National Estuary Program in Region 10
On this Page: What is the National Estuary Program | Puget Sound | Lower Columbia River | Tillamook Bay | Additional Information
What is the National Estuary Program?
Estuaries are places where rivers meet the sea. Estuaries are critical to the health of coastal environments and to our enjoyment of them.
The National Estuary Program (NEP) was established by Congress in 1987 in amendments to the Clean Water Act. Its primary objective is to protect estuaries of national significance that are threatened by degradation caused by human activity. The program is administered by the US Environmental Protection Agency which provides funding and technical support to local NEPs. Local NEPs must be collaborative, locally driven entities that address the complex and competing issues facing the water body.
The NEP was one of the first major shifts to watershed management. NEPs work at building community based processes to implement environmental protection programs with specific actions to address environmental problems. To date, there are 28 nationally designated estuaries in the program. Of these, three are in Region 10: Puget Sound, Lower Columbia River, and Tillamook Bay (Link these to the corresponding headers within the page).
The goal of an estuary program is to develop and implement a management plan (known as a Comprehensive Conservation and Management Plan or CCMP) for the designated study area. That plan must carry specific actions that will address priority problems. It also must identify parties to implement the actions, a plan to ensure implementation occurs and funding options for each action.
Puget Sound was given priority status in the 1987 amendments to the Clean Water Act and became one of the original programs in the NEP. The first CCMP was approved in 1991 for Puget Sound and much has been done subsequently. Persistent threats to this valuable ecosystem, however, led Washington State in 2007 to create a new state agency, the Puget Sound Partnership (PSP), to reinvigorate these efforts. PSP released an Action Agenda in December 2008 which describes a set of actions and priorities to restore and protect Puget Sound by 2020. The Action Agenda identifies the following threats:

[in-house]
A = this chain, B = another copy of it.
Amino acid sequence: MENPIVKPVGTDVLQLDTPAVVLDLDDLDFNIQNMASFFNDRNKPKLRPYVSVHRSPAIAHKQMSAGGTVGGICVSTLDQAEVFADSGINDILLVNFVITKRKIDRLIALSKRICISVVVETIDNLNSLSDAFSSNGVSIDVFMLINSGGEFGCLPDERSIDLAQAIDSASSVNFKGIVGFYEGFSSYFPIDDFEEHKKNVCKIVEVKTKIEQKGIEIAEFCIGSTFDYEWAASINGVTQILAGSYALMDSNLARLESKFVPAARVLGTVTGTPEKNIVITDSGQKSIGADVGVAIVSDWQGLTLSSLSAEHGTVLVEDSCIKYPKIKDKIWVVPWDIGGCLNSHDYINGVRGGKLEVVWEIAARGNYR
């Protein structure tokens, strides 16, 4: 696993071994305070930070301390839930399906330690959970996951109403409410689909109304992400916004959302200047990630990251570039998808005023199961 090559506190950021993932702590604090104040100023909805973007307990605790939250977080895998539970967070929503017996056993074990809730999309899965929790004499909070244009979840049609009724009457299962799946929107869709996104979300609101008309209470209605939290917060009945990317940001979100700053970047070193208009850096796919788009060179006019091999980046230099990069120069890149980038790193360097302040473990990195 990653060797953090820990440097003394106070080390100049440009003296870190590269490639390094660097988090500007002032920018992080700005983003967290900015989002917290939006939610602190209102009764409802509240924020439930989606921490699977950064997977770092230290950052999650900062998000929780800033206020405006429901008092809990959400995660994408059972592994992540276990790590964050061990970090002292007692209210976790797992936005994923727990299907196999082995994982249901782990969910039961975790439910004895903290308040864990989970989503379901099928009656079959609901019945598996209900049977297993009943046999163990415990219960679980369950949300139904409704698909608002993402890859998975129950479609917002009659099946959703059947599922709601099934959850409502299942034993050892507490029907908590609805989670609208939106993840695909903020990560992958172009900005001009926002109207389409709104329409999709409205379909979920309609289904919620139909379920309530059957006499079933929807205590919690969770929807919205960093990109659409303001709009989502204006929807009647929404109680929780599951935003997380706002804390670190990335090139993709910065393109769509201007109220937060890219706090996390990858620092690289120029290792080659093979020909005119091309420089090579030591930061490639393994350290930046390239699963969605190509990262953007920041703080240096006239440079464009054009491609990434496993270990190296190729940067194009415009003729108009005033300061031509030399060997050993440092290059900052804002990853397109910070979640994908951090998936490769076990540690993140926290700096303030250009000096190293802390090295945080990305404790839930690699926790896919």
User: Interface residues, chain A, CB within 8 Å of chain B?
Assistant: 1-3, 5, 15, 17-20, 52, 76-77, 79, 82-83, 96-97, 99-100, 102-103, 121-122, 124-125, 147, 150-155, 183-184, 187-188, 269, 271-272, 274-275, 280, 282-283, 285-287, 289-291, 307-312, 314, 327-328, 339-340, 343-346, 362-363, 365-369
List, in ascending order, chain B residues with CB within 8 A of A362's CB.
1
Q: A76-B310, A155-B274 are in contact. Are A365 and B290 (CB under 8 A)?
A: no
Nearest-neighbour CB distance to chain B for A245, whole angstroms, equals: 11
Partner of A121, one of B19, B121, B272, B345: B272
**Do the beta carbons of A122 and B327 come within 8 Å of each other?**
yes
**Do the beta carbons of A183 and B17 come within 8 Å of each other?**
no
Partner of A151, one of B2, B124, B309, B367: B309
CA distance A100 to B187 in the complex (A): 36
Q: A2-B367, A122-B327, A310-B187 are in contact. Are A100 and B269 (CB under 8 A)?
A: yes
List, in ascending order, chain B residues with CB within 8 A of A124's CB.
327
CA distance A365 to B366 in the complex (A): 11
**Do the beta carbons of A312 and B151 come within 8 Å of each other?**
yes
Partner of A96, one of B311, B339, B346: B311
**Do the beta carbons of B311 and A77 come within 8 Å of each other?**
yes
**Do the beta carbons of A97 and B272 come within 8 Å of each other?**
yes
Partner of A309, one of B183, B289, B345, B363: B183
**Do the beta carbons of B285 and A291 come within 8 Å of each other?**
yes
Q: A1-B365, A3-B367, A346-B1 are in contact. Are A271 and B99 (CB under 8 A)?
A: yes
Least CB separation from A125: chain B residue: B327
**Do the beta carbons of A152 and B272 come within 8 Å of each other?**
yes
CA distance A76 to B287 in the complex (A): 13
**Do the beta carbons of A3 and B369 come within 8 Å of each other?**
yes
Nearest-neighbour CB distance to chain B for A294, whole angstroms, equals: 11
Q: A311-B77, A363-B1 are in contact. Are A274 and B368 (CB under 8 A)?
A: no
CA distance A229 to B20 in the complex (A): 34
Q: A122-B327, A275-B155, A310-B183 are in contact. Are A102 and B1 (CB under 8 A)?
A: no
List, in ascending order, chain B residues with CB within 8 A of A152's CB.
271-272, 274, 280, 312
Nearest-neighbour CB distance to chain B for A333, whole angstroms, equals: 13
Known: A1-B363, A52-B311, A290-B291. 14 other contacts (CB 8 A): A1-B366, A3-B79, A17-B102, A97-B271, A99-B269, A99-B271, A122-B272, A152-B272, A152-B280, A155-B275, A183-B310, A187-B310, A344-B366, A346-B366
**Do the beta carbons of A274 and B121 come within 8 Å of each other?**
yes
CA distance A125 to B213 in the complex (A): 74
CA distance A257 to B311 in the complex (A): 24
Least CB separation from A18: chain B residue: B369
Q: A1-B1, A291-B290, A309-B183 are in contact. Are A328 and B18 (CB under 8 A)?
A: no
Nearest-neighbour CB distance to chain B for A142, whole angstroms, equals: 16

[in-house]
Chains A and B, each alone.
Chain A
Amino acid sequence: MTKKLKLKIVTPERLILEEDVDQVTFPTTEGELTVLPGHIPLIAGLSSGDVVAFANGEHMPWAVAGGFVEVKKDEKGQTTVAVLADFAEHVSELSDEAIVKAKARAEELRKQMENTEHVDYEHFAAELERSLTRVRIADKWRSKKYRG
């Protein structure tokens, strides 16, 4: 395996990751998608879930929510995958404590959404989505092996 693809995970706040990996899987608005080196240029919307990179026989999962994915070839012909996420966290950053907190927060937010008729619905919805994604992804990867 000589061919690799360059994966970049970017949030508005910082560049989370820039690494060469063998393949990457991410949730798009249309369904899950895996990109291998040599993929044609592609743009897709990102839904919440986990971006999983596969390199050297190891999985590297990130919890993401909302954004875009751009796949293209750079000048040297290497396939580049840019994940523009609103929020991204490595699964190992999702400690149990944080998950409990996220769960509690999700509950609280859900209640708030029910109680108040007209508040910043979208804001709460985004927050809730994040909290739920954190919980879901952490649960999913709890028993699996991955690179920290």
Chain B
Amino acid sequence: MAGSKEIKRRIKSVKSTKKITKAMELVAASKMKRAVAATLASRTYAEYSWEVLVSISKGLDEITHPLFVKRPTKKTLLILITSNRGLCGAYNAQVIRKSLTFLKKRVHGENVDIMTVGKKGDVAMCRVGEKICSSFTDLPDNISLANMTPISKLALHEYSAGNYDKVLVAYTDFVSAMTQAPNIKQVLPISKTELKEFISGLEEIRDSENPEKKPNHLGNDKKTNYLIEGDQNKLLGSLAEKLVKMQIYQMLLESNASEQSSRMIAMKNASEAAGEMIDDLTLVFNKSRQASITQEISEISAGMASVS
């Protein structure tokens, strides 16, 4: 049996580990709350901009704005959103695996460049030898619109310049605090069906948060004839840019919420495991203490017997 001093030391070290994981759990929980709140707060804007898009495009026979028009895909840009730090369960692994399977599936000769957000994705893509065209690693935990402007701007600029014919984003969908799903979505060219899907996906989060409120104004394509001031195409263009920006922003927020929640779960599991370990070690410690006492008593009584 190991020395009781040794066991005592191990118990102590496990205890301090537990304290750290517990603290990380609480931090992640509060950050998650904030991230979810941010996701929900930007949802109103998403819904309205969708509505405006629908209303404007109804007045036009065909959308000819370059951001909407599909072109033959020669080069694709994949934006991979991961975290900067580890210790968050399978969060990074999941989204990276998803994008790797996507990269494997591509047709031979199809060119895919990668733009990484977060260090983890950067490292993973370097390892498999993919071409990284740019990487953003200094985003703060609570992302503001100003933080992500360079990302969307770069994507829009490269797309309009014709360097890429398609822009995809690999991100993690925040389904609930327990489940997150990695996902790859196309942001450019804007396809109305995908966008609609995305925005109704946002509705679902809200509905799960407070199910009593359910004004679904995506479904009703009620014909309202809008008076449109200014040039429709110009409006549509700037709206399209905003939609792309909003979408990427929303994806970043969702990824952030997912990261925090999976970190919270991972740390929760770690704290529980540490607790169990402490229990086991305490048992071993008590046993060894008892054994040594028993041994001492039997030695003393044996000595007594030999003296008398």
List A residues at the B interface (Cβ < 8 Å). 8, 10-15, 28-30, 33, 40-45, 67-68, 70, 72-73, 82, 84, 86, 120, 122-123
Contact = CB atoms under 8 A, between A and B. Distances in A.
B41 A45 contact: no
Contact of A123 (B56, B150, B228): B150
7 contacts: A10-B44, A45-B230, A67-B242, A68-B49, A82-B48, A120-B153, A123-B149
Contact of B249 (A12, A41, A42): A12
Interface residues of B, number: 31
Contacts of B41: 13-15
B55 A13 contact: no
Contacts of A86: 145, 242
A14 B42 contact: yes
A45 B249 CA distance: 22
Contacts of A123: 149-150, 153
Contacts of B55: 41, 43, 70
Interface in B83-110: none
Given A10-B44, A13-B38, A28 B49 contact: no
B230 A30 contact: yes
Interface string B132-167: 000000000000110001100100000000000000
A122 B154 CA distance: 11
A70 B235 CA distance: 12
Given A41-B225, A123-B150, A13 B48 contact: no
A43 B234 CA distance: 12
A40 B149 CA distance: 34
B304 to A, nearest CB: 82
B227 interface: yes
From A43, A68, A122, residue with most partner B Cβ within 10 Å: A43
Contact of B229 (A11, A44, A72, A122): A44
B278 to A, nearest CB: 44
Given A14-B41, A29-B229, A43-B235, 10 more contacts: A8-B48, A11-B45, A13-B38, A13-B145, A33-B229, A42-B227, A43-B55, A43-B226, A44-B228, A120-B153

Bevin Horn, EPA Region 10 National Estuary Program Coordinator, email@example.com, 206-553-1566
Lower Columbia River
- Habitat Alteration and Land Conversion
- Surface and Groundwater Supply
- Invasive Species
- Artificial Propagation of Species
Actions identified were organized around five priority strategies:
- Protect Intact Ecosystem Processes, Structures, and Functions
- Restore Ecosystem Processes, Structures, and Functions
- Prevent Water Pollution at its Source
- Work Together
- Build an Implementation, Monitoring, and Accountability Management System
The NEP for the Lower Columbia is the Lower Columbia River Estuary Partnership (LCREP). LCREP works to protect and restore the lower Columbia River estuary with on-the-ground improvements and education and information programs. The LCREP CCMP identifies and addresses the following key environmental issues:
- Biological Integrity
- Impacts of Human Activity and Growth
- Habitat Loss and Modification
- Conventional Pollutants
- Toxic Contaminants
- Institutional Constraints
- Public Awareness and Stewardship
The NEP for Tillamook Bay (as well as the other Estuaries of Tillamook County) is the Tillamook Estuaries Partnership (TEP). TEP is dedicated to enhancing the estuaries of Tillamook County, Oregon and the many watersheds that sustain them. The TEP CCMP identifies and addresses the following key environmental issues:
Addtional Information and Program Contact
- Loss and Degradation of Key Habitat
- Water Quality Impairment due to Point and Nonpoint Sources
- Erosion and Sedimentation
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